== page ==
This is the second Christmas make I am going to share with you.
I should say, friends and family should look away now if they want any kind of surprises this Christmas!
Just in case they are still looking, I am not going to say who the gifts are for (that will obviously confuse them…)
Anyway, I have made some Lavender heat bags for a certain someone who has a bad back!
They are basically the same principle as the beanbags I have made before (see tutorial here ) but bigger, and with lavender, and in a cushion cover type thing.
Here is a brief how-to. Sorry for the lack of pictures!
- Decide how big you want your bags to be. I made two-one was about 25cmx38cm, and the other was 17cmx30cm (finished size). I will just explain how I made the smaller one, otherwise I will bore even myself.
- I cut some old lining fabric/sheet leaving a 1-2cm seam allowance-so I cut 2 rectangles 20cmx33cm.
- Then I pinned them right sides together (although it doesn’t really matter as this will be hidden) and sewed around the edge leaving about a 10cm gap along one short side. If you remember, then try and leave the gap in the middle of the side, as this makes sewing it up easier.
- Then turn it inside out, (so that it’s the right way round) and press the seams, including the gap.
- Fill the bag with rice or dried beans or wheat (could you use oats? I’m not sure, someone else cleverer than me may be able to let me know!) and some dried lavender. I put about 3 tbsps into this size bag and probably about 750-1000g rice (can’t remember exactly, sorry!) Don’t fill it really full, as it will be a) hard to sew up; b) too heavy to lift.
- Pin the gap and then oversew along the edge where the gap is.
- You could just make them like this if you use some pretty material. I decided I wanted to make some removable covers (not sure why now, seemed like a good idea at the time though).
- To make a cover, cut out one rectangle to the same dimensions as your lining bag, and then one that is about 3/4 of the length, and one that is about 1/2 of the length. So for my bag, I cut 1 rectangle 20-33cm, 1 rectangle 20x25cm, and 1 rectangle 20x16cm.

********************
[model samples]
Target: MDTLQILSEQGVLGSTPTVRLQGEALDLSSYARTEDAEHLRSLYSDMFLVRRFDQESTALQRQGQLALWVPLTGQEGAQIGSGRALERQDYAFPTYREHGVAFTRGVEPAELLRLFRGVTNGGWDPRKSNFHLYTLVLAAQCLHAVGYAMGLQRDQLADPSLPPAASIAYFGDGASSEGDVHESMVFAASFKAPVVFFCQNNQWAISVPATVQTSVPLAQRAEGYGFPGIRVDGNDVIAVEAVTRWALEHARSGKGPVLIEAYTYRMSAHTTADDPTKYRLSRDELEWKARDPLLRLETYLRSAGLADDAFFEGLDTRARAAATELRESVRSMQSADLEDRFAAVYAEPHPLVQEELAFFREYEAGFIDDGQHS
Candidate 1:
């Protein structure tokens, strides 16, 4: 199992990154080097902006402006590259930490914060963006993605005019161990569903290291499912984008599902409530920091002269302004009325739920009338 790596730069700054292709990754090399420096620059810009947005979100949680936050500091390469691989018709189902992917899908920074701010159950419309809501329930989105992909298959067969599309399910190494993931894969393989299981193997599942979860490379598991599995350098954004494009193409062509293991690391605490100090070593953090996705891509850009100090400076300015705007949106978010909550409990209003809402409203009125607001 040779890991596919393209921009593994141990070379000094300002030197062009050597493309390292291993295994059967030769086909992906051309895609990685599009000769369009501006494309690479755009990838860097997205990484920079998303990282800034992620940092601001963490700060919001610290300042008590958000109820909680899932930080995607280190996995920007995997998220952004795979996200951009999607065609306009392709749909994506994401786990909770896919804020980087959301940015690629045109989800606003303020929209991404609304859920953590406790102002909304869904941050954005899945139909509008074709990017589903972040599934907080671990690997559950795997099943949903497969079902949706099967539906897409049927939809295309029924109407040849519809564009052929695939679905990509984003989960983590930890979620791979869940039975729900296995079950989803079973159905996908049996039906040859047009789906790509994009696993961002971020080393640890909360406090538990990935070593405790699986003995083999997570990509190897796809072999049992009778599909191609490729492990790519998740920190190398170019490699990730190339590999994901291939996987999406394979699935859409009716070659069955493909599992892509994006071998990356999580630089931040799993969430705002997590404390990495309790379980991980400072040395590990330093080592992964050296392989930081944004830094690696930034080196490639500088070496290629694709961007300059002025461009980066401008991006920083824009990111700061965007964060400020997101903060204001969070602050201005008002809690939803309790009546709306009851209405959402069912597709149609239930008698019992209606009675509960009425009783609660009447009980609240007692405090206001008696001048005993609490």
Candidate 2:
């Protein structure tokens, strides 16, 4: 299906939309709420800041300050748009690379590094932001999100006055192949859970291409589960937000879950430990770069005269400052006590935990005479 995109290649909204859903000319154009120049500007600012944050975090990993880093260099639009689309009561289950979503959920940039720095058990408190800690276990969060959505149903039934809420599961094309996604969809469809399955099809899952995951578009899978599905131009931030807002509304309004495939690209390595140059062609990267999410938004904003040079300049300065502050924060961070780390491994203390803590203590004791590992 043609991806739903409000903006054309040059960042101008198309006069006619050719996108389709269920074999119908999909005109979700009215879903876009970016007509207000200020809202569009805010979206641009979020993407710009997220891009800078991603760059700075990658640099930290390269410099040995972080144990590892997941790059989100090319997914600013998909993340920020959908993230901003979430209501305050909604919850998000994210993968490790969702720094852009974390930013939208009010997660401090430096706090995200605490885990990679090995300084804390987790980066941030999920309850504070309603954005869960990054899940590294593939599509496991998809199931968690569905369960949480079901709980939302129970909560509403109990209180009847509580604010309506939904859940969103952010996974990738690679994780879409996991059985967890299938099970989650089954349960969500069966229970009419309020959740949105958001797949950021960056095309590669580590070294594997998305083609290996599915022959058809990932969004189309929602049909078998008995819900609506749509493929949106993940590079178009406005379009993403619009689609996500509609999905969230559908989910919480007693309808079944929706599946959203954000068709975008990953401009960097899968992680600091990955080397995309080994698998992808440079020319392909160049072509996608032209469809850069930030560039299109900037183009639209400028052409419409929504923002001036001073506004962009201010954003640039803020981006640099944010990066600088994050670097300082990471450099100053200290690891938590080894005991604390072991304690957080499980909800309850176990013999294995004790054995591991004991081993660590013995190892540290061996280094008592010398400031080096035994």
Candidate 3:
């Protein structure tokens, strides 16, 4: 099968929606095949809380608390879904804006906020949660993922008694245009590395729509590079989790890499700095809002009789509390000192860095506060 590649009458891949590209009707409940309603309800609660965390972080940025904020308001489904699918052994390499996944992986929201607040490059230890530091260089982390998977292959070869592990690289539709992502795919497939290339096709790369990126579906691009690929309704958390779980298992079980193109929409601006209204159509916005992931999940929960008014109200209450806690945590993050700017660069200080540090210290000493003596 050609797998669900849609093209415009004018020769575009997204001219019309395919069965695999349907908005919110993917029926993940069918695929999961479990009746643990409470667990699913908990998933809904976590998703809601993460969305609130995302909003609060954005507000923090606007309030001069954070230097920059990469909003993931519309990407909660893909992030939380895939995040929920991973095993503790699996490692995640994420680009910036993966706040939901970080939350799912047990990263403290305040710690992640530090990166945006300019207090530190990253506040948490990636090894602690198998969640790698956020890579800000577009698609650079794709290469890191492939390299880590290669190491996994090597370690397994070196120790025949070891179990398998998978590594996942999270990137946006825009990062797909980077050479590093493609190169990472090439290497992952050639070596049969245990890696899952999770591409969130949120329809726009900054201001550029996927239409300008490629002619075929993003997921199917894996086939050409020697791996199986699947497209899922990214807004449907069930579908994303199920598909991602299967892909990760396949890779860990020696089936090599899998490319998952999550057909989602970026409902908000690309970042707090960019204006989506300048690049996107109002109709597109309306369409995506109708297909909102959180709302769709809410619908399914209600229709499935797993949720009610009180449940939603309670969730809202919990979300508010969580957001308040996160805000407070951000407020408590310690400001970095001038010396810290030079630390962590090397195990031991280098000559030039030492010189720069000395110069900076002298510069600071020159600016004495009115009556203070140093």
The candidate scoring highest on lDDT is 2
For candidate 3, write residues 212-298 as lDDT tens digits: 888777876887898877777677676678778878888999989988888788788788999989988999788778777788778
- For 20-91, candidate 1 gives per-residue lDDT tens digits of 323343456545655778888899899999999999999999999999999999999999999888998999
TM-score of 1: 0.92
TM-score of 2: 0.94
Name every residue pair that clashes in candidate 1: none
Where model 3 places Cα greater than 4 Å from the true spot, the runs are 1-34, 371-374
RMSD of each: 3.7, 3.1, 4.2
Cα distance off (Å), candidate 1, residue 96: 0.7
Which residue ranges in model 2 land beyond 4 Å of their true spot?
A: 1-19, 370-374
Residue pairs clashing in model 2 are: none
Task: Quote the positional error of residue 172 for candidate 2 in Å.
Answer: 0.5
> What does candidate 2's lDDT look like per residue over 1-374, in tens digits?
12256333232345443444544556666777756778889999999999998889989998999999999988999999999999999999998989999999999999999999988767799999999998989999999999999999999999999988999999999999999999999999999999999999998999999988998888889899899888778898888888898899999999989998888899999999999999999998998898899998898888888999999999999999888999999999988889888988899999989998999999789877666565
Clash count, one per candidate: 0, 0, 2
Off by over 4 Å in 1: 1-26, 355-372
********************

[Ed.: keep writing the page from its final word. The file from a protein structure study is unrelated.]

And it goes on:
- If you want to decorate your bag at all, do it now, as it will be easier! I found some funky old curtains, and cut out some of the shapes, ironed on some bondaweb, and then ironed them onto the right side of my big piece. Then I zig-zag stitched around the edge in a matching colour.
- Then take your 2 smaller rectangles, and with each one, fold down one short edge (towards the wrong side) by about 0.5cm, press (iron) and then fold another 0.5-1cm, pin and press. Then sew along this edge to make a nice neat hem on each smaller rectangle.
- Place your big piece right side up, then line the other two pieces, with one short unhemmed edge aligned with the top short edge of your big piece, and other unhemmed short edge of the other piece lined up with the bottom edge of your big piece (does that make any sense at all. Really should have taken some pics, so sorry!)
- Pin all the way around, then sew with a straight stitch all the way around the edge with a 1.5cm seam allowance (don’t forget to go forwards and backwards at the beginning and end).
- Cut the edges off the corners to make it easier to turn it out neatly, press the seams open, and then turn it inside out through the opening. Press again. I hate ironing. The only time the iron comes out is when I am sewing. But I did read somewhere that pressing your sewing makes it look MUCH more professional, so I go with that and hope it makes up for a multitude of sins…)
- Et voila!
- Insert your rice bag into your cover, and marvel at your work!
My big bag is really quite big. Probably too big. To the extent that it took about 1-5-2kg of rice, and I am slightly worried it may exacerbate rather than help the back problems…